• Ashleigh L. Scipio

Setting Healthy Boundaries



One of the most important aspects of mental wellness is coping with the stresses of life and being able to participate and advance in your community. And how could that ever happen without boundaries?


Boundaries are limits of space between yourself and another person; a clear space where you begin and the other person ends and vice versa. The purpose of setting boundaries are to enhance and maintain the relationship between certain peoples so both people have those set boundaries but are still getting what they need from the relationship/friendship.


Just hearing the word "boundary" can be stressful. There is so much hidden tension with the word and concept of boundaries. There's worrying about hurting the other person's feelings, worrying about opinions of our boundaries, and worrying about the general fear of confrontation.


I'm here to tell you: it's not that deep. It isn't! You can set healthy boundaries without worrying about the damage that follows by being clear, concise, and polite, but stern. Your boundaries should reflect the relationship you want to have with the other person. If your tone is aggressive while you're trying to set a boundary, your relationship with that person will reflect that. You have to remain calm and collected when setting a boundary, even if it's in a situation that does anger you. Boundaries are meant to help you and the other person:



- Promoting good mental health

- Promoting good emotional health

- Developing autonomy

- Influences other's behavior

and

- Avoidance of burnout


There are plenty of ways to set boundaries but I usually stick with two approaches: the Clear-Cut method and the Discrete Boundary approach. The Clear-Cut method is the method that most use when setting boundaries which involves verbally setting the boundary with the other person. In order to be as clear and effective as possible, use "I feel _______ because..." statements to get your point across while also not leaving anything open for interpretation.


For example, let's make up a scenario where you live with roommates and your roommate has been using your utensils and cooking supplies without asking your permission. You haven't agreed on sharing them, but they use them anyway. You sit down with them to have a conversation about it and set a boundary. To effectively communicate the boundary with them by using the "I feel ______ because..." statement, it may be something like this:

"I feel violated when you use my things without asking because I value my privacy. It would make me feel better to know you understand this and can help me maintain my privacy."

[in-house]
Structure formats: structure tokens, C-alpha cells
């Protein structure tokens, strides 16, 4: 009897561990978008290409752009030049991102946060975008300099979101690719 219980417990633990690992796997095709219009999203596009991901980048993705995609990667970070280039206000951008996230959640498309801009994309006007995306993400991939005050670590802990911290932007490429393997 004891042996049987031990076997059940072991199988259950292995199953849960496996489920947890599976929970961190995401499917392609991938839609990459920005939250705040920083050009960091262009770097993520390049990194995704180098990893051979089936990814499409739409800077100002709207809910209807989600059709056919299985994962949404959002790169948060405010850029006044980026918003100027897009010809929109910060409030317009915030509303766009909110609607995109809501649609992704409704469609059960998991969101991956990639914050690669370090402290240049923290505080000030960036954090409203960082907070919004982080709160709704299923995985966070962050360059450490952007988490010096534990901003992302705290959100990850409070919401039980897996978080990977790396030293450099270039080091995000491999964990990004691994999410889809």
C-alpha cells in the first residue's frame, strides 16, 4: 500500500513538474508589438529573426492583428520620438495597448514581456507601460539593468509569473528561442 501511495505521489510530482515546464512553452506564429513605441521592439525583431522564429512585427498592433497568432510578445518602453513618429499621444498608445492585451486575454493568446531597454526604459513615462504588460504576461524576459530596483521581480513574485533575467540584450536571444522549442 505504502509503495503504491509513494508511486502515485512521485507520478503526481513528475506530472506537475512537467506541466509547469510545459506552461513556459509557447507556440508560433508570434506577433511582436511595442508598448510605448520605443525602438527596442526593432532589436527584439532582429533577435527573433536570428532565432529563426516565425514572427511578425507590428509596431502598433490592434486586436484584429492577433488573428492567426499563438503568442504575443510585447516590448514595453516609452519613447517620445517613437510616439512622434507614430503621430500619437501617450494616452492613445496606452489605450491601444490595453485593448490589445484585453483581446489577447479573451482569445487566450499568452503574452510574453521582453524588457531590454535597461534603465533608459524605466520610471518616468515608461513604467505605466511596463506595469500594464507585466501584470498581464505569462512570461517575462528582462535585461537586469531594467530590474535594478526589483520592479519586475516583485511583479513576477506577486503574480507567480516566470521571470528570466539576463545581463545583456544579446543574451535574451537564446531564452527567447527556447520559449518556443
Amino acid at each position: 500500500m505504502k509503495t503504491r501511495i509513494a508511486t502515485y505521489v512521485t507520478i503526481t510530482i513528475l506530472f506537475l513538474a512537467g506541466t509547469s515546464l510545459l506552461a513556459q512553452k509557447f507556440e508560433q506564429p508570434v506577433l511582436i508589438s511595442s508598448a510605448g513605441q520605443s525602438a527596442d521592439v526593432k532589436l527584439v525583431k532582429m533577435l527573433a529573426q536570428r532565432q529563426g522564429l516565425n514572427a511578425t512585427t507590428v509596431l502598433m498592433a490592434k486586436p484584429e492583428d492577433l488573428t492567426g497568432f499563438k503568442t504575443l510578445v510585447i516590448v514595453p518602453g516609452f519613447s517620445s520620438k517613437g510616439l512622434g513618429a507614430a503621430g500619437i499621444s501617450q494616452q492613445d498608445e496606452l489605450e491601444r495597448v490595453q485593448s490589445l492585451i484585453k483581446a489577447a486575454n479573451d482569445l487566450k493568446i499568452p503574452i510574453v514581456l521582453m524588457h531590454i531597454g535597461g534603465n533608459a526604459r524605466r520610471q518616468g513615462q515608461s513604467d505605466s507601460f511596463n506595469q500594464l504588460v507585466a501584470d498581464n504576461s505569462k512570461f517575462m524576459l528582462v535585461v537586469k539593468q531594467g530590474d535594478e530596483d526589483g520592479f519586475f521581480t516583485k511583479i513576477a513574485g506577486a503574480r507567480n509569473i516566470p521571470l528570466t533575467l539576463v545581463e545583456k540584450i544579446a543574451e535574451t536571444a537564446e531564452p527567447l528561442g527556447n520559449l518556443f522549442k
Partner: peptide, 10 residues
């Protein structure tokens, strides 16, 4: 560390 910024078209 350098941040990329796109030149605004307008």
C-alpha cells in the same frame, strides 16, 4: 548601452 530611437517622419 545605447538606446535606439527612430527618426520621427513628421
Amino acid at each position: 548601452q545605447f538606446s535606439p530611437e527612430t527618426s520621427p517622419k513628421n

When setting personal boundaries, it's important to do the four following:



- Define and identify the desired boundary

- Communicate and say what you need

- Stay simple - don't over explain or give room for interpretation

- Set consequences and say why the boundary is important


The other method I use is called the Discrete Boundary method. This method is best used with friends and coworkers. These are boundaries you can set through behaviors. For example, let's say you work long days and get back home in the evenings. Your friend knows the time you get off and calls you right when you get off to talk and catch up. You love the phone calls, but you feel like you need time to yourself for awhile after work before socializing. Instead of verbalizing the boundary, you can refrain from answering phone calls right after work (or for the night if that's what you need) in order to show that you're unavailable after work. This method I use for friends with high anxiety/depression or anything that makes them hyper sensitive to confrontation. It helps them see and realize for themselves that you're unavailable after work, and that they either need to call you before work or on a day that you're free.


In order to set healthy, long-standing boundaries, realize that setting boundaries is a form of self-care. With every boundary you set, you are doing more and more to care for yourself and protect your energy. You are being grown enough to communicate an issue, rather than resenting the person and not communicating (which is rare in this generation). Be proud of yourself and know that your self-care and boundary setting is productive and will pay off in the future. Start by saying "no" with no explanation - it's not needed.


Your "no" is as enough as your "yes".


If you're looking to set boundaries in your life, it's important for you to assess the areas in your life that need a set boundary. For example, you could have healthy boundaries with your romantic partner, but need to set more healthy boundaries for friends and coworkers. From there, it will be easy to decide what boundaries we need to set and with whom. Boundary-setting also comes with consequences. We have to accept the consequences before we set a boundary with someone else because there will always be consequences, whether good or bad. But, know the power lies with you. Setting a boundary with someone is powerful because you're taking back something that the other person (intentionally or unintentionally stole from you). Whether it be love, freedom, time, or personal belongings, something had to be taken from you in order for you to decide to set a boundary.


So I leave you guys with this little piece of advice: keep choosing yourself! Choose yourself and your happiness over any external thing in your life. Wake up and choose yourself each and every day, because you deserve it and so does your mental wellness.



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